Subtle Poignancy and Sophistication on Jazz Chanteuse Simone Kopmajer’s Latest Album
Singer Simone Kopmajer‘s latest album With Love – streaming at Spotify – is often lush, and symphonic, and sweepingly beautiful. Imbued with equal parts jazz and classic torch song, it’s akin to a vintage June Christy record with less of a mentholated cool and more breaks in the clouds. Kopmajer’s a little bit Jenifer Jackson, a little bit Paula Carino, another brilliantly nuanced singer from a completely different idiom.
Kopmajer, her band and string section waste no time in setting a mood, going full steam on the mist in the opening number, The Look of Love, rising from stark to lush over the spare piano accents from pianist John Di Martino and the tiptoe groove from bassist Boris Kozlov and drummer Reinhardt Winkler. The orchestral sweep of violinists Sara Caswell and Tomoko Akaboshi, violist Benni von Gutzeit and cellist Mairi Dorman-Phaneuf elevate the song to new levels of expectant suspense, no disrespect to the Dionne Warwick original.
Kopmajer and tenor saxophonist Harry Allen float suavely over pianist John Di Martino’s spacious, sagacious chords in How Wonderful You Are. Next, they reinvent Buffy Sainte-Marie’s Until It´s Time For You to Go as a wistful nocturne for voice and restrained, gospel-tinged piano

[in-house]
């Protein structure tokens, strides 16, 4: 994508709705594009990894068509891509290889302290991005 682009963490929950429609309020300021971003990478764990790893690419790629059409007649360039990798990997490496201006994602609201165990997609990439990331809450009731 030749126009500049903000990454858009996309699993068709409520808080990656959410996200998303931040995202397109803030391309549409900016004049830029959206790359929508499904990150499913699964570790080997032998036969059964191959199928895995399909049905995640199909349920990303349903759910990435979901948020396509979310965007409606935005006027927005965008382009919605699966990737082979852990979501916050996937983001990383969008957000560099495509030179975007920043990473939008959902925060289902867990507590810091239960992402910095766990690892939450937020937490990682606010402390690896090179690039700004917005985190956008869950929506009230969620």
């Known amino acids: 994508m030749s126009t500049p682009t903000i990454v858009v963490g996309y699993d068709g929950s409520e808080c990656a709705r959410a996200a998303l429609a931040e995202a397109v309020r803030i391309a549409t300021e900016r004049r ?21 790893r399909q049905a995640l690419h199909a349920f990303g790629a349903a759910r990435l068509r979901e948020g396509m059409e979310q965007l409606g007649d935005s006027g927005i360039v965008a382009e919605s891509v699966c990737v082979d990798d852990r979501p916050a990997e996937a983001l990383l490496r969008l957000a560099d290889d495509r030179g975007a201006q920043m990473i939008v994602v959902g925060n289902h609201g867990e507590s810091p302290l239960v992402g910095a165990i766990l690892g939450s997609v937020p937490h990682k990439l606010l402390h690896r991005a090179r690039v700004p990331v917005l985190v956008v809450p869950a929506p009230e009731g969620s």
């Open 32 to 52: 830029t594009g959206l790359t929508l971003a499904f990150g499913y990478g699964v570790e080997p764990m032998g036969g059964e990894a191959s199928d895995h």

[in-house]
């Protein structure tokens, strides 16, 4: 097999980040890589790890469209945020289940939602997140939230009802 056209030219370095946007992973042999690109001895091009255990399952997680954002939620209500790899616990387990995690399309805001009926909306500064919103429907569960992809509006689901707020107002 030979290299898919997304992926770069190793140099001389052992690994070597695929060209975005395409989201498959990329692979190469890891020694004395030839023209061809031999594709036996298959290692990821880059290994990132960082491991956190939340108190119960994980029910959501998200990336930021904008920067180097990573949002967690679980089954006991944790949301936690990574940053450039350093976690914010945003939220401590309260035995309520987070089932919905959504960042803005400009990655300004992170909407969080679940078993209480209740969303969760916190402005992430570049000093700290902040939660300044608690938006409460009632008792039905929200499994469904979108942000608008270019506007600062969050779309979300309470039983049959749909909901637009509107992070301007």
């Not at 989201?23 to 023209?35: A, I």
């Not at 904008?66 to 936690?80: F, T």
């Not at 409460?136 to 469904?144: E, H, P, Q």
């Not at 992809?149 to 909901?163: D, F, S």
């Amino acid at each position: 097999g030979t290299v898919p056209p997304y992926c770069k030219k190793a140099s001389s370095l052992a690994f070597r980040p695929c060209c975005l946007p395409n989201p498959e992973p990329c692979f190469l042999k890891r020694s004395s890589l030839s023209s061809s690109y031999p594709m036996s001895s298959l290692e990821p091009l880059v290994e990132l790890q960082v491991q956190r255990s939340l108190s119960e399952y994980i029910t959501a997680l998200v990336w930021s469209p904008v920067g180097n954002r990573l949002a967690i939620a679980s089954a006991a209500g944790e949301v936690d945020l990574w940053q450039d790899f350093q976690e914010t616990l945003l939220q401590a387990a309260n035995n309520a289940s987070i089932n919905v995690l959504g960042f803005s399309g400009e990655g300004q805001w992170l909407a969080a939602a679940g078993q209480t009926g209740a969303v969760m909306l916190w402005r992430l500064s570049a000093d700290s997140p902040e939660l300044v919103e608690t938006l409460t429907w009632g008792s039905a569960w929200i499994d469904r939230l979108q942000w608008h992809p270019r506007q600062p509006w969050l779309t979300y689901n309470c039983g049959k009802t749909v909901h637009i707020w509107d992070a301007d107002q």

I Can´t Make You Love Me is a subtle blend of trip-hop and jazz, with a low-key, soul-inspired sultriness. The first of the originals here, Opposites Attract, is a fond throwback to peak swing-era Ella Fitzgerald. The album’s piece de resistance is the alternately stark and lavish version of the BeeGees’ How Can You Mend a Broken Heart: Kopmajer’s restrained cadences unleash the song’s innermost angst.
Gottfried Gfrerer propels Hank Williams’ Cold, Cold Heart with low-key acoustic and National steel guitar behind Kopmajer’s purist countrypolitan interpretation. Then she reaches toward Blossom Dearie territory as Allen wafts in and out in a low-key, swinging take of I´m Gonna Sit Right Down and Write Myself a Letter.
Stevie Wonder’s For Once in My Life gets reinvented as elegant chamber pop, with swelling, baroque-tinged violins. Kopmajer’s second original is Take It All In, with Di Martino on both organ and piano: it could be a more retro take on a Steely Dan ballad.
She duets with Sheila Jordan on a playful swing through Everything Happens to Me: the nonagenarian jazz legend is indomitable and has updated the song for the digital age! The take of the Aaron Neville hit Tell It Like It Is turns out to be an unexpectedly undulating jazz waltz with a dynamically shifting Allen solo at the center.
Kopmajer and Di Martino then turn in an intimate jazz ballad version of Nashville pop pioneer Cindy Walker’s You Don´t Know Me. There’s another song here, but its expiration date was up a long time ago. Kopmajer’s next gig is on March 10 at 8:30 PM at the Oval in Salzburg in her native Austria; cover is €32. And Allen is leading a trio with Andy Brown on guitar and Mike Karn on bass at Mezzrow on March 10-11, with sets at 7:30 and 9 PM; cover is $25 cash at the door.
Fun fact: Kopmajer says she has sold thirty thousand cd’s in Thailand. If she did that here, she’d have a #1 album.